Braves sweep Blue Jays

Atlanta Braves pitcher Tim Hudson is congratulated by teammates after his win over Toronto Blue...

Atlanta Braves pitcher Tim Hudson is congratulated by teammates after his win over Toronto Blue Jays pitcher Ricky Romero in the seventh inning of their MLB Interleague baseball game at Turner Field in Atlanta, Georgia June 20, 2011. (REUTERS/Tami Chappell)

BOB ELLIOTT, QMI Agency

, Last Updated: 7:48 PM ET

ATLANTA - Four games.

Three runs.

Four losses.

What do you want from Jose Bautista?

A 10-run homer?

The only noise at Turner Field, aside from a solo homer by Bautista, was a booming thunderstorm an hour after the Blue Jays bats had been packed and put on the truck for Hartsfield Airport, which was not named after Roy Hartsfield, the original Jays manager and certainly will not be re-named after any exploits by Jays hitters this week.

The Braves beat the Jays 5-1 Wednesday afternoon in front of 23,152 fans to sweep the three-game series.

One run in a loss to the Cincinnati Reds Sunday. Zero runs Monday. One run Tuesday and one run Wednesday.

“And we didn’t even see their best in Derek Lowe and Jair Jurrjens,” said Adam Lind. “That is a good pitching staff.”

Most sweeps are a combination of events, likely excellent pitching by the Braves and woeful efforts at the plate by the Jays.

Maybe it’s time someone else stepped up, besides Bautista or Lind.

Oh, sorry, Ricky Romero already beat us to the punch with that.

“I think the comments have been blown way out of proportion,” manager John Farrell said. “We have a pitcher who makes a comment after an outing, a well-pitched game, a real tough loss, and now three days later, we’re still talking about it. It’s gone too far.”

Romero asked for more offensive help after his 2-0 loss Monday, tweeted Tuesday he did not call out his teammates, met with Farrell and spoke to the team to explain his comments.

His accurate statements have fallen upon deaf bats.

How bad are the bats

The Jays were hitless in eight at-bats with men in scoring position, with Lind and J.P. Arencibia leading the way with two apiece ... For the three-game series: the Jays hit .053 (1-for-19, a two-out single by Lind) with runners in scoring position ... Over-all the Jays hit .138 (13-for-94), with 32 strikeouts against the Braves, none of them named Smoltz, Glavine or Maddux ... In the previous four games the Jays hit .050 (1-for-20) with men in scoring position and .144 (18-for-125) with 37 whiffs ... Braves starters Tim Hudson, Mike Minor and Brandon Beachy held the Jays to two runs in 21 innings, an 0.86 ERA fanning 27, walking four ... For Hudson it was his 171st win, it was Minor’s first and Beachey’s second. Minor was sent to triple-A Gwinnett after his start — see, he should not have allowed that two-out single to Lind ... Beachey was returning from his rehab start June 16 when he fanned eight Durham Bulls in five innings. When he whiffed Corey Patterson Wednesday ending the fifth it was his 10th K of the afternoon. Does that mean that the Bulls, with former Jays No. 1 pick Felipe Lopez hitting fifth, are tougher than the Jays lineup? For Beechey it was a career-high strikeout game, in his 13th start ... Braves relievers did not allow a run in six innings, giving up two hits, walking two and fanning five ... “The numbers don’t lie,” Farrell said, “neither do the numbers from the first 66 games.” The Jays were fourth in runs scored heading into the trip ... Bautista and Lind have driven in 13 of the Jays last 22 runs ... The Jays head to St. Louis with Aaron Hill batting .143 (3-for-21) and Corey Patterson .095 (2-for-21).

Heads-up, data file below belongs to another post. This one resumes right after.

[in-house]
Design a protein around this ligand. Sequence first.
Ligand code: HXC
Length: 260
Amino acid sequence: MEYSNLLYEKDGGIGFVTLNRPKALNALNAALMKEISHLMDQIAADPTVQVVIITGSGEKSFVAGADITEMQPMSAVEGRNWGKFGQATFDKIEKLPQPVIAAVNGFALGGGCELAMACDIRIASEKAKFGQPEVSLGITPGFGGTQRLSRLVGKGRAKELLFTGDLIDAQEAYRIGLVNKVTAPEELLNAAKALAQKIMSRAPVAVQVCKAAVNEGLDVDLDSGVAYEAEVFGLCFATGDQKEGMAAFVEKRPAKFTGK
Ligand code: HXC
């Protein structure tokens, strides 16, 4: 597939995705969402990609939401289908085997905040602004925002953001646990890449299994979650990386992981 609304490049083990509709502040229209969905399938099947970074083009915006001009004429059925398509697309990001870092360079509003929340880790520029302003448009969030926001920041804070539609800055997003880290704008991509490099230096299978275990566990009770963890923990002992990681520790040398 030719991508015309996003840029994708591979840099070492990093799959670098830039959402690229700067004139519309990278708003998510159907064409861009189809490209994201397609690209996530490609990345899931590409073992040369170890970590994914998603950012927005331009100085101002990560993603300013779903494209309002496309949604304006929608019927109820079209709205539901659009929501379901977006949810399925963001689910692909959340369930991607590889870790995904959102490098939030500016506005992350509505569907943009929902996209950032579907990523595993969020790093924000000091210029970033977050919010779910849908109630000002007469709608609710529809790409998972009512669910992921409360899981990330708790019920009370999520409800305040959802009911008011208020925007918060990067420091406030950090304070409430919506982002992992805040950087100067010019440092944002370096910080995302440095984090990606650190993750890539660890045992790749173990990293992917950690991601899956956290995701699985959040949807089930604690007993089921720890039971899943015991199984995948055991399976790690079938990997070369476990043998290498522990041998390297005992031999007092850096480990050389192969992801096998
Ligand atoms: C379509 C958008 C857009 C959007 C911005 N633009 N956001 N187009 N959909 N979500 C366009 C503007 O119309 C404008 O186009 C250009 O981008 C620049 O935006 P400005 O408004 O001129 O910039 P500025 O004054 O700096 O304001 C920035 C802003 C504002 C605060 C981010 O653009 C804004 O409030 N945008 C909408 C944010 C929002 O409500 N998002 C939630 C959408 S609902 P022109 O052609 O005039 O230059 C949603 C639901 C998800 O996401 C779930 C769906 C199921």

Back to the game

Jo-Jo Reyes said going against his former Braves teammates was like facing any other team, “although it felt a little weird walking in here on Monday, going to the other clubhouse,” Reyes said. He was tagged for a two-run homer by Dan Uggla with none out in the second for a 2-0 Braves lead and Brian McCann hit a two-run homer in the third giving the Braves a 4-1 lead. Reyes pitched 5 1/3 allowing five hits and four runs ... Bautista showed his talents in the seventh with Jon Rauch on the mound as he had back-to-back chances at the wall in right. The first plunked off the top of the fence, he recovered and threw out pinch hitter Brooks Conrad at third. After a 42-second review the play was overturned into a home run by plate ump Chad Fairchild. Five pitches later Jordan Schafer hit one farther, but Bautista leapt over the wall to steal a homer. “On the first one I hit my shoulder against the wall, I knew it was a homer, when it came onto the field, might as well give it a shot and we threw him out. The other one, since I bumped the wall earlier, I knew I had to jump a little higher. It’s fun making those plays, but we’re trying to win.” ... The Jays have not beaten the Braves in Atlanta since Dave Winfield’s ground ball down the third base — oh wait a second, the Jays beat the Braves 3-2 June 22, 2006 when the redoubtable Ty Taubenheim picked up his only major-league win, working in relief of A.J. Burnett. The Jays swept the series with Scott Schoeneweis winning in relief of Josh Towers in the opener and Ted Lilly winning the second ... Years ago covering the Montreal Expos Woody Fryman said that the worst thing to happen in a clubhouse is for pitchers to snipe at hitters about a lack of support or vice versa and years later one afternoon at Fenway Park Dave Stewart said the same thing ... And speaking of the Expos, our pal Jonah Keri, a native Montrealer, has been commissioned to write the official history of the Montreal Expos, now those guys could hit.


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